Universal York

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York County Crazy over Fruit

Apple developed by James Hersh of neighboring Adams County, c.1880
Over the years, York area people have taken pride in their fruit and vegetables, growing gigantic specimens or even developing new strains. Click on these links for previous posts on the York Imperial Apple and York Imperial Cherry.
Mr. Cicero proudly grew figs in his East King Street back yard in 1950s. A previous post showed Christian Leaman’s 1809 pumpkin, as big as a barrel. George Anstine, of Lower Windsor Township, was not to be outdone. According to the York Gazette of October 30, 1855, Anstine brought his prize quince in to the newspaper office to be admired. According to the resulting article (see below), he also grew some pretty big apples. For comparison–I just weighed a very large peach and it only weighed half a pound.

“Fruit from Lower Windsor.

MR. GEORGE ANSTINE, of Lower Windsor, lays upon our table the best specimen of a QUINCE we have ever seen. He does not give us the name of the particular variety–but it is apple-shaped, very regularly formed, bright gold color, and weighs exactly one pound. Mr. Anstine is among the number of farmers in this county, (annually increasing, we are glad to say) who are bestowing a commendable degree of attention upon the culture of fruit–and York bids fair to become noted for the variety and excellence of her fruit. Accompanying the quince were some very fine apples, of a variety we do not recollect to have previously seen, also raised by Mr. Anstine. He gives their name as the Reading Pippin. They weight from 12 to 15 ounces, pale green on one side and dark red with white spots, on the other. This apple is certainly worthy the attention of those who are now establishing orchards, or who desire to increase their varieties. Trees of the Reading Pippin may be had, we understand, at a nursery in Lower Windsor, near Mr. Anstine’s.”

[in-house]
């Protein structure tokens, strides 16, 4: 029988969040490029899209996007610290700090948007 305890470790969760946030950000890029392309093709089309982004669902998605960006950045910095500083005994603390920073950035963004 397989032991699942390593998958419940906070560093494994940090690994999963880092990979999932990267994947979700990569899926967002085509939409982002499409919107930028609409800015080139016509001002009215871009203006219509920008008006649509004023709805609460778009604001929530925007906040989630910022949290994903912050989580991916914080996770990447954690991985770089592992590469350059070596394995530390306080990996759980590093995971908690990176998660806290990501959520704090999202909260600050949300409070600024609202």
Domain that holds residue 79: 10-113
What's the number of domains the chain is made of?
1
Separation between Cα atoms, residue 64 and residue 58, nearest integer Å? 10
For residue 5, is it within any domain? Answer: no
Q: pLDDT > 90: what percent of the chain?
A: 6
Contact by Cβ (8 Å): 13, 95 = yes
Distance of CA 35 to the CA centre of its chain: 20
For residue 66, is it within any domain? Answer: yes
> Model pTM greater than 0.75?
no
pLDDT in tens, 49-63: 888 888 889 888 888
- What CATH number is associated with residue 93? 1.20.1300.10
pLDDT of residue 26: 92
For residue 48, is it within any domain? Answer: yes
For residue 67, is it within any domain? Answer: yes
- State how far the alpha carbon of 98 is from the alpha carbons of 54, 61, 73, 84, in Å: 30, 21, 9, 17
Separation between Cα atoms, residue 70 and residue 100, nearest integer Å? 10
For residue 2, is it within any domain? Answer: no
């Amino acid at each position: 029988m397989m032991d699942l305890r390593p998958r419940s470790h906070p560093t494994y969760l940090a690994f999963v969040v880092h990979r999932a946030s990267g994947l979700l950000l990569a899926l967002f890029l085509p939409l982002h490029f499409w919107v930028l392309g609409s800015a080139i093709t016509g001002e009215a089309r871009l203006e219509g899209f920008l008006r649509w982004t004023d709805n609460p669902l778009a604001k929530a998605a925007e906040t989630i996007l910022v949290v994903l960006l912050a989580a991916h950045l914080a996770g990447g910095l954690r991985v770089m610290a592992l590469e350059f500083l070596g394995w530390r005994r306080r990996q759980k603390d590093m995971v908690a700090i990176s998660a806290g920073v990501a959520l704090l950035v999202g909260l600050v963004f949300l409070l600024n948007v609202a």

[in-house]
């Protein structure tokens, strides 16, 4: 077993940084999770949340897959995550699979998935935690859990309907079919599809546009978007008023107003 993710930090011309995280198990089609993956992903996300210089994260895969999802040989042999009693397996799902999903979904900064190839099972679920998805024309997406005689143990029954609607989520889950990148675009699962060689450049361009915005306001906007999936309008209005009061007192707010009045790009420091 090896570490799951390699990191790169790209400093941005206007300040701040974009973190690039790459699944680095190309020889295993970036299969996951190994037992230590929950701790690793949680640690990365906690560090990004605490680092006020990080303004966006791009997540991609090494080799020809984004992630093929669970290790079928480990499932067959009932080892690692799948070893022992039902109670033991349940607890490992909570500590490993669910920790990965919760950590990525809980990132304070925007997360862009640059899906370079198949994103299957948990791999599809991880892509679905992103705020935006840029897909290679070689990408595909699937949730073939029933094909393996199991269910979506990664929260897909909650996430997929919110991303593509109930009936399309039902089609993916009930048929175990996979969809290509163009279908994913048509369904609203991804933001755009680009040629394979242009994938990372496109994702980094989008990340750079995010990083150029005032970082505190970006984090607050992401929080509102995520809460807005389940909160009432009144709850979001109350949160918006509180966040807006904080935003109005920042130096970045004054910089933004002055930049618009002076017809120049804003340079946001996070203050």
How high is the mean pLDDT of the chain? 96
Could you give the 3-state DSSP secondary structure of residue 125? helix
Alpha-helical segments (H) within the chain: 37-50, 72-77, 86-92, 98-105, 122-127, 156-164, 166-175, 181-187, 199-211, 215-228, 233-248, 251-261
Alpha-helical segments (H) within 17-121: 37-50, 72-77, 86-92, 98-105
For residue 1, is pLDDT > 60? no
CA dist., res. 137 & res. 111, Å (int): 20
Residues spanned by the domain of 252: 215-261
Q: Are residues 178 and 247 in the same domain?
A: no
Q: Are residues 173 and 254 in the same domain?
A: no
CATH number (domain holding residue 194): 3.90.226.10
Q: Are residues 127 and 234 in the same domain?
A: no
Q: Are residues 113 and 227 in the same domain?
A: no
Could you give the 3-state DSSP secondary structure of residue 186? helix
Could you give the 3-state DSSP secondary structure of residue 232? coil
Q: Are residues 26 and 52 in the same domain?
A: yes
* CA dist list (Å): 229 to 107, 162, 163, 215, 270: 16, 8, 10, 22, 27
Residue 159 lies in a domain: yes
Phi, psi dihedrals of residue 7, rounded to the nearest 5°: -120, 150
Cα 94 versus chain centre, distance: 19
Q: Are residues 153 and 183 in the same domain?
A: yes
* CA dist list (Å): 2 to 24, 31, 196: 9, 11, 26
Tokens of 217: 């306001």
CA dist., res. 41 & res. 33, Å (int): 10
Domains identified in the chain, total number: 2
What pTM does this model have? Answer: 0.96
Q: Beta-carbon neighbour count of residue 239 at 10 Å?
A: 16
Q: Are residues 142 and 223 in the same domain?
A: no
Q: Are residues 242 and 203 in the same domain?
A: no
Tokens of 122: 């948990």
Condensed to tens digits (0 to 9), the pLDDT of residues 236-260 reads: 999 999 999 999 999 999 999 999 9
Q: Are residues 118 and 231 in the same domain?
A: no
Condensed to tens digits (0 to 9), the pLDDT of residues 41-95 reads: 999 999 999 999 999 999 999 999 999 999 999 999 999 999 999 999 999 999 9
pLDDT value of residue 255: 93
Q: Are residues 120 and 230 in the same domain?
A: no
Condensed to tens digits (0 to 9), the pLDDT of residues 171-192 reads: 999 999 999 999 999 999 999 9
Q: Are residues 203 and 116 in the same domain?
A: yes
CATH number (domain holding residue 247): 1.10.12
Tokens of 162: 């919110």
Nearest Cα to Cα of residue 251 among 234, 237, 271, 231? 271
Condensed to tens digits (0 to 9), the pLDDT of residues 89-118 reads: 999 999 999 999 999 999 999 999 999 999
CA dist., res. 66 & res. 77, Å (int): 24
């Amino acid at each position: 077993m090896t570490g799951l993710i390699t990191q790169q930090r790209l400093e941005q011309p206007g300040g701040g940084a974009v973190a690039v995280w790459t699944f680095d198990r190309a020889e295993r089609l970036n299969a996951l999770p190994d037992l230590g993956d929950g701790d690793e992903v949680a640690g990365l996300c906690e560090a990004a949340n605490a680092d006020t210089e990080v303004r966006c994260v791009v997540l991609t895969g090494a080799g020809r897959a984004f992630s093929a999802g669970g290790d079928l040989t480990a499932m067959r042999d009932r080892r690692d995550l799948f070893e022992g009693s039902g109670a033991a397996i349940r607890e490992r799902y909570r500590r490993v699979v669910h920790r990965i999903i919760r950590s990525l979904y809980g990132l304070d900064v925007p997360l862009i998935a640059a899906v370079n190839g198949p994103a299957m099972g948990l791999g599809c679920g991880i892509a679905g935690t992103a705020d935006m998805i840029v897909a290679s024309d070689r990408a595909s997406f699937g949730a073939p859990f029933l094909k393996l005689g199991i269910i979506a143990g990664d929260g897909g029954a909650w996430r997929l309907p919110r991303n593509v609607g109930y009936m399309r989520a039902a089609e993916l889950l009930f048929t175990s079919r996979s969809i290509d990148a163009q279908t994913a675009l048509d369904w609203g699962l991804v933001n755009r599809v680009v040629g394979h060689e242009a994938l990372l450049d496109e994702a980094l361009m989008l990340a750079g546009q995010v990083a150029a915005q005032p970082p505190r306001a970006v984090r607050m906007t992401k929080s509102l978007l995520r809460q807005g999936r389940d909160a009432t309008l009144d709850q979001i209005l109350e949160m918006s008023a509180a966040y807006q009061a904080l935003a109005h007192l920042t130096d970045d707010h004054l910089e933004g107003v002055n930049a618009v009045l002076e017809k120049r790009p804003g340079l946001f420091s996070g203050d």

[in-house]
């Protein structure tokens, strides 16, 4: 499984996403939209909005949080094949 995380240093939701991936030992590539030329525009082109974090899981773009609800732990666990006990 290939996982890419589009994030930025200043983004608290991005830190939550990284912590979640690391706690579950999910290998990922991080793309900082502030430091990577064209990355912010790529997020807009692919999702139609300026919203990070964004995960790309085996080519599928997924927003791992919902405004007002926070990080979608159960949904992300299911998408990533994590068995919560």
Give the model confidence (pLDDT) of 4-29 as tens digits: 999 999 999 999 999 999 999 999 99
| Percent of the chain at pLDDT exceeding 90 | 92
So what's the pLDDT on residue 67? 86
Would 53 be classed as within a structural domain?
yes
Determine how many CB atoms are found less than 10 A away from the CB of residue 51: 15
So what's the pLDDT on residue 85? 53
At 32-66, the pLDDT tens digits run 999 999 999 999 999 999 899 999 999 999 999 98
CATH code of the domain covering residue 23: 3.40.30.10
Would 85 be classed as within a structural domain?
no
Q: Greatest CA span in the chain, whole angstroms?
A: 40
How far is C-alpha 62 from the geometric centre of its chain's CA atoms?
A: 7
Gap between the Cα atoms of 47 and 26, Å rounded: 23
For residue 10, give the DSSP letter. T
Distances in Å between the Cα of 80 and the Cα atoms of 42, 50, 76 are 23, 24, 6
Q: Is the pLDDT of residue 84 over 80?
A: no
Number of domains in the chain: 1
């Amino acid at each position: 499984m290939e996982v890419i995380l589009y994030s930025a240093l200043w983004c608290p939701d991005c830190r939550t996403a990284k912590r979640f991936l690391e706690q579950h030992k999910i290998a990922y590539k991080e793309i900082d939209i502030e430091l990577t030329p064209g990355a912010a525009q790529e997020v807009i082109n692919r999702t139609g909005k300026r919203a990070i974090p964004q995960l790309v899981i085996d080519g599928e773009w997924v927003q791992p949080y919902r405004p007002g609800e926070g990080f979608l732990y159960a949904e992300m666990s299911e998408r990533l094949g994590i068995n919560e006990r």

When I was quite small and lived on a farm, my swing was on a quince tree. My mother made quince jelly out of the fruit.
Quinces do not seem to be very popular at present around here, although they are in some other parts of the world, where the growing season is longer and they can sweeten on the tree. Quinces grown here are aren’t pleasant to eat raw, but they can be made into great jellies and jams. Quincesauce, like applesauce, is said to be good–just use lots of sugar.
Click here for more on quinces and jelly recipe.
Even more, including more recipes.
George Anstine also invented a threshing machine.